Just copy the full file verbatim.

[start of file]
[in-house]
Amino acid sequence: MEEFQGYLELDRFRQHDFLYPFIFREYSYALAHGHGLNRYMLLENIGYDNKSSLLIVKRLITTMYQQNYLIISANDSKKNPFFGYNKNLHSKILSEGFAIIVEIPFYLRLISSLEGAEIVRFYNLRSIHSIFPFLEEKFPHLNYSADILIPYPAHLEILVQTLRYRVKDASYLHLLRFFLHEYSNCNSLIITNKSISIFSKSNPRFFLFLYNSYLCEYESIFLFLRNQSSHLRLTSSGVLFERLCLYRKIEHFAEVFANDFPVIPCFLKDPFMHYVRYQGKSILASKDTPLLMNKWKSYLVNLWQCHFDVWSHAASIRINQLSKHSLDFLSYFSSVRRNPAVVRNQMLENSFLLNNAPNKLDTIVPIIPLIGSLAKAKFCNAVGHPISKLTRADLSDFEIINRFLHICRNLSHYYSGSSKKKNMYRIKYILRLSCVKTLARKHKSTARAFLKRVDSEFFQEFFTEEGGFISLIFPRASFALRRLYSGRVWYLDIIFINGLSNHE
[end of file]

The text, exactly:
[in-house]
Amino acid sequence: MEEFQGYLELDRFRQHDFLYPFIFREYSYALAHGHGLNRYMLLENIGYDNKSSLLIVKRLITTMYQQNYLIISANDSKKNPFFGYNKNLHSKILSEGFAIIVEIPFYLRLISSLEGAEIVRFYNLRSIHSIFPFLEEKFPHLNYSADILIPYPAHLEILVQTLRYRVKDASYLHLLRFFLHEYSNCNSLIITNKSISIFSKSNPRFFLFLYNSYLCEYESIFLFLRNQSSHLRLTSSGVLFERLCLYRKIEHFAEVFANDFPVIPCFLKDPFMHYVRYQGKSILASKDTPLLMNKWKSYLVNLWQCHFDVWSHAASIRINQLSKHSLDFLSYFSSVRRNPAVVRNQMLENSFLLNNAPNKLDTIVPIIPLIGSLAKAKFCNAVGHPISKLTRADLSDFEIINRFLHICRNLSHYYSGSSKKKNMYRIKYILRLSCVKTLARKHKSTARAFLKRVDSEFFQEFFTEEGGFISLIFPRASFALRRLYSGRVWYLDIIFINGLSNHE